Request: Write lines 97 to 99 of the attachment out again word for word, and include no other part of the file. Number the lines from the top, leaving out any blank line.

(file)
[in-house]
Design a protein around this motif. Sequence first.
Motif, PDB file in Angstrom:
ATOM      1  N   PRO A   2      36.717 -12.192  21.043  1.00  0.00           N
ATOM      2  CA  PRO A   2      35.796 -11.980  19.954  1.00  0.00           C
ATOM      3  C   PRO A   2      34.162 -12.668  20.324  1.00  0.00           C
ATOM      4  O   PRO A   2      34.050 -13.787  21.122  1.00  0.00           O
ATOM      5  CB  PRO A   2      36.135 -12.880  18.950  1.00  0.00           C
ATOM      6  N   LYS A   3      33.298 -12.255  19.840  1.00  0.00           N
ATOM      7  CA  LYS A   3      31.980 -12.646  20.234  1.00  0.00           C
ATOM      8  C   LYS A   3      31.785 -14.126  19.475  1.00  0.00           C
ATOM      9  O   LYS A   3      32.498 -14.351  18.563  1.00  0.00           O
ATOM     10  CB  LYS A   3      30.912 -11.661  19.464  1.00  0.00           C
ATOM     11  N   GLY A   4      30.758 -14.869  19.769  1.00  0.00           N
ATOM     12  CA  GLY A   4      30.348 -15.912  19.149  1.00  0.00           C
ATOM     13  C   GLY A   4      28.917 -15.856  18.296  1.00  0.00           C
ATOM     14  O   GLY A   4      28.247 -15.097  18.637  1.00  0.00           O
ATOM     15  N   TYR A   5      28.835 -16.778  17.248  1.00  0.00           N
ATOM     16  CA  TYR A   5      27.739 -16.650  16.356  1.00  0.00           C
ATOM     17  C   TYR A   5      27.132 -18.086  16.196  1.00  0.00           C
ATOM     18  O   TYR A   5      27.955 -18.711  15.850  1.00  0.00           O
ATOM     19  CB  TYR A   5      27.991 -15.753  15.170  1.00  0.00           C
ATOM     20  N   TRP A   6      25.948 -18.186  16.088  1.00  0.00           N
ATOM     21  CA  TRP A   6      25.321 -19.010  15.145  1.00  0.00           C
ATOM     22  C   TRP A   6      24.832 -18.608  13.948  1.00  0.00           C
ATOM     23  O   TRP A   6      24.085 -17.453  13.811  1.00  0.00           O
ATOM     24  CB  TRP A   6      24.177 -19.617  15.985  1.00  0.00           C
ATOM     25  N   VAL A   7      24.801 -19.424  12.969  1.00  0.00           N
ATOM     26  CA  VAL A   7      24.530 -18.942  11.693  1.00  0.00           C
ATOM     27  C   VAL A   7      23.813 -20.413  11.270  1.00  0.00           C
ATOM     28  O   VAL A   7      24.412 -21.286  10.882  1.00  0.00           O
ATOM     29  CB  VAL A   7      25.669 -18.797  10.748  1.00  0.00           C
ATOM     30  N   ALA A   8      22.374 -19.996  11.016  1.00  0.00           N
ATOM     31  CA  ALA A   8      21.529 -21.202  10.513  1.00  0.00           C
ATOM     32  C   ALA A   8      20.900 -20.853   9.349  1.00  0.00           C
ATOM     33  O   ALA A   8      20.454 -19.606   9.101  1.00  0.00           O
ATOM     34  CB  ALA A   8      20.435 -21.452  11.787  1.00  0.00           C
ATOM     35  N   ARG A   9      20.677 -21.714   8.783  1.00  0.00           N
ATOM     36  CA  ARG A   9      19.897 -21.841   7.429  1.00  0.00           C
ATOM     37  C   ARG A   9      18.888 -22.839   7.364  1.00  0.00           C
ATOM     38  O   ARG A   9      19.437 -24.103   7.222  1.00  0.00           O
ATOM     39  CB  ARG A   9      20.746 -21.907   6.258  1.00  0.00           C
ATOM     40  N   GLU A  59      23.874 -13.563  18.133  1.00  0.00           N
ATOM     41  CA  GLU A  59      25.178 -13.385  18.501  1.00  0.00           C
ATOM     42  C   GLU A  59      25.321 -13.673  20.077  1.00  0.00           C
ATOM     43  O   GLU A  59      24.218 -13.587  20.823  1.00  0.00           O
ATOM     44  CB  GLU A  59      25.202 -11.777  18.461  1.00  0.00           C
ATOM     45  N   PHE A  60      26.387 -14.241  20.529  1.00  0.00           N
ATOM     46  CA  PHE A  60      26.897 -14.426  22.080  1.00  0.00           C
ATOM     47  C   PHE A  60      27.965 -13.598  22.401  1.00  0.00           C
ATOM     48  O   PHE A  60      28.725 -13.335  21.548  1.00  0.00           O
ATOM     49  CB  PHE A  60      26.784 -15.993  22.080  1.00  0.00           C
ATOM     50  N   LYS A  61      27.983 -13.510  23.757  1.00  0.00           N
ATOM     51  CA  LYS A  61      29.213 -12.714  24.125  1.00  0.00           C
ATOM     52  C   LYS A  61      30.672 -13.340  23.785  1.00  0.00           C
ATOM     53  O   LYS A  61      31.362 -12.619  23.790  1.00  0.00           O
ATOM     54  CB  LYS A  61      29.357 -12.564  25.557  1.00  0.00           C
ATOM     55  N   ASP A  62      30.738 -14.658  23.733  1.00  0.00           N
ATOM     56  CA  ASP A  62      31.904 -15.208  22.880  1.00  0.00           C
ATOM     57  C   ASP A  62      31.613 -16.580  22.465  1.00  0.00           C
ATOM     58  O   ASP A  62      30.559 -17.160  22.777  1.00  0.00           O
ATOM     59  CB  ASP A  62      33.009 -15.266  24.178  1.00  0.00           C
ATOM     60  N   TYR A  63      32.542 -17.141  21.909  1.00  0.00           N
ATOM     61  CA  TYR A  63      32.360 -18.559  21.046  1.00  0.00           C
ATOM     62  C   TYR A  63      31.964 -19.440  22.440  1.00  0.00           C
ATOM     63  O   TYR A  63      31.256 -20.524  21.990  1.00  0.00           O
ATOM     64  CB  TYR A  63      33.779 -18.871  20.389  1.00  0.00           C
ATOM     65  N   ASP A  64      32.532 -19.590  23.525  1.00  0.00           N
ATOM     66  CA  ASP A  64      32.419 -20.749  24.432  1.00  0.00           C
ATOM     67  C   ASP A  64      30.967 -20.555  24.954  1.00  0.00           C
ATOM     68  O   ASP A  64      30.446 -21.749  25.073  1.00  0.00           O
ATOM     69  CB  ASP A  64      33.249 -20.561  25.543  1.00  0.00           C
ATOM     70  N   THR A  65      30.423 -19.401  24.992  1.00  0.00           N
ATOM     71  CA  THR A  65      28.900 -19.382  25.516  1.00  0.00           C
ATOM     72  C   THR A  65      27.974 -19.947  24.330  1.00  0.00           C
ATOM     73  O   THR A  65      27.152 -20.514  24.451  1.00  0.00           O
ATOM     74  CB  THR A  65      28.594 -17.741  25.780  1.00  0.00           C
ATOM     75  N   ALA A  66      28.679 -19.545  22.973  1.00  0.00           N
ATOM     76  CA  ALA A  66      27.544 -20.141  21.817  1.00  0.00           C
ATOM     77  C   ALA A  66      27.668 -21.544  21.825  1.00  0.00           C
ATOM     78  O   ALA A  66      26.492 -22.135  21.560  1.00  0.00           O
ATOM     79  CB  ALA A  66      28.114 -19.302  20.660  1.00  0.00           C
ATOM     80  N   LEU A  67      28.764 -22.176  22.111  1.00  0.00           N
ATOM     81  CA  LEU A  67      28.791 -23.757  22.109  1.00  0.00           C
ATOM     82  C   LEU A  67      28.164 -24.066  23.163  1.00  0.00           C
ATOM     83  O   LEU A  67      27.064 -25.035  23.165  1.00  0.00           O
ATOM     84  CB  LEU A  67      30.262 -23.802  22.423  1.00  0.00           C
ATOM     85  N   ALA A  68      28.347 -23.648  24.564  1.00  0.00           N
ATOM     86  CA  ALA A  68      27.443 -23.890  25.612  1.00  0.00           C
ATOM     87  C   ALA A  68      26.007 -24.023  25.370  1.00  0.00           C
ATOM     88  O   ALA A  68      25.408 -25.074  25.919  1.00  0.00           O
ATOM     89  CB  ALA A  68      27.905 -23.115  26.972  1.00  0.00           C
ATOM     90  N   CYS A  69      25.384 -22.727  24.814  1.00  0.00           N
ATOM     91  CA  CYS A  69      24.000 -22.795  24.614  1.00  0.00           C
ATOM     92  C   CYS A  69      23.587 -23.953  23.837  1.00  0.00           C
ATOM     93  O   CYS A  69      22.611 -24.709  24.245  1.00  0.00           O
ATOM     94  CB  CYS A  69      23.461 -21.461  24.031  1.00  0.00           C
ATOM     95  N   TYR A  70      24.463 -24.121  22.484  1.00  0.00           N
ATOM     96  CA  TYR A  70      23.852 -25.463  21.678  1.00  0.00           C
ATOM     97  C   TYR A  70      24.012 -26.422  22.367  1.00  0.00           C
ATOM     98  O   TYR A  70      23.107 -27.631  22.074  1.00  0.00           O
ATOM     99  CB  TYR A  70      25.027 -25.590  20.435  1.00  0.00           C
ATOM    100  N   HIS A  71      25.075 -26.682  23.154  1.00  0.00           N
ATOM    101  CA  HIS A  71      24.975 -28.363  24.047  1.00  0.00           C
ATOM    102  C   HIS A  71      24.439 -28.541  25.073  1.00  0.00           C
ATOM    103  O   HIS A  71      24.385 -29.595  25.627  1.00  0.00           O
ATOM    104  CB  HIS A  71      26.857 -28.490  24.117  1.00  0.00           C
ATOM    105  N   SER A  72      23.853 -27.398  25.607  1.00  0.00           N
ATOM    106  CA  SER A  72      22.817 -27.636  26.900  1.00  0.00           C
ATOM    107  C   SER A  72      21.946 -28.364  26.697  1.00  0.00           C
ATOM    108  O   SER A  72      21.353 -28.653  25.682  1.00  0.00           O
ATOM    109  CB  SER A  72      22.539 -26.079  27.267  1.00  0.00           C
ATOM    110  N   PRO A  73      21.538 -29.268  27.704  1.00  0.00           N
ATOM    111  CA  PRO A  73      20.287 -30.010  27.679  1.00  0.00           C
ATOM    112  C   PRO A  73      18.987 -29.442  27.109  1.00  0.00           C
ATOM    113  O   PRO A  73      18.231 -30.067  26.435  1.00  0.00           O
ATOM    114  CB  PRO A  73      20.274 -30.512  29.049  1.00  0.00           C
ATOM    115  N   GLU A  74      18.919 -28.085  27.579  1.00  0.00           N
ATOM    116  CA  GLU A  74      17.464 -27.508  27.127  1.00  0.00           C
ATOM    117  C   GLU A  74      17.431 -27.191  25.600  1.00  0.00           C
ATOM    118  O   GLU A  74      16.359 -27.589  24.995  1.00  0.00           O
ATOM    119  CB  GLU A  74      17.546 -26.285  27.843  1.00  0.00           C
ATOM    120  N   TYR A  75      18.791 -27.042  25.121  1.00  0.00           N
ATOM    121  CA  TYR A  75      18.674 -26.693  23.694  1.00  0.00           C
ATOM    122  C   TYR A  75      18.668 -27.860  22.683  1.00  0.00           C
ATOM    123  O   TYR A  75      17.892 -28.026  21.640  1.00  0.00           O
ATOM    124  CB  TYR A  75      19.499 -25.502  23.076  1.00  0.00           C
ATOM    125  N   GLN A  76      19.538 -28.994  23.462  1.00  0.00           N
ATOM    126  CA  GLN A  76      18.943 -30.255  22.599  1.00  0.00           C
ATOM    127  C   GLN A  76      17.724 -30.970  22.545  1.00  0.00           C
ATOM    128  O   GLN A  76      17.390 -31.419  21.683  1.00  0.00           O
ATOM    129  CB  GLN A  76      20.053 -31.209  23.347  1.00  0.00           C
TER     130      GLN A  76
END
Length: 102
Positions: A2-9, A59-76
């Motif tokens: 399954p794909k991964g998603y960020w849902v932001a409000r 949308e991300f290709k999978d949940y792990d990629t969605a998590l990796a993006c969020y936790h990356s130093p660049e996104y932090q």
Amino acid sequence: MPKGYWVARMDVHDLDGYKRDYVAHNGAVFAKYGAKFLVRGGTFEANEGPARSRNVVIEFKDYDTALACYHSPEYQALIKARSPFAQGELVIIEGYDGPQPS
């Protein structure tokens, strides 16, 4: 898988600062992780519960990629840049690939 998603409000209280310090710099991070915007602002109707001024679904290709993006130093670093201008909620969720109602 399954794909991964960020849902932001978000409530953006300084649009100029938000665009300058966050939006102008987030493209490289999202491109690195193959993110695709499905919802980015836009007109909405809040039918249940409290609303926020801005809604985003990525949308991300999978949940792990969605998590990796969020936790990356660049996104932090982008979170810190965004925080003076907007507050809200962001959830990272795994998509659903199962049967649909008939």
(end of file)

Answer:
ATOM     94  CB  CYS A  69      23.461 -21.461  24.031  1.00  0.00           C
ATOM     95  N   TYR A  70      24.463 -24.121  22.484  1.00  0.00           N
ATOM     96  CA  TYR A  70      23.852 -25.463  21.678  1.00  0.00           C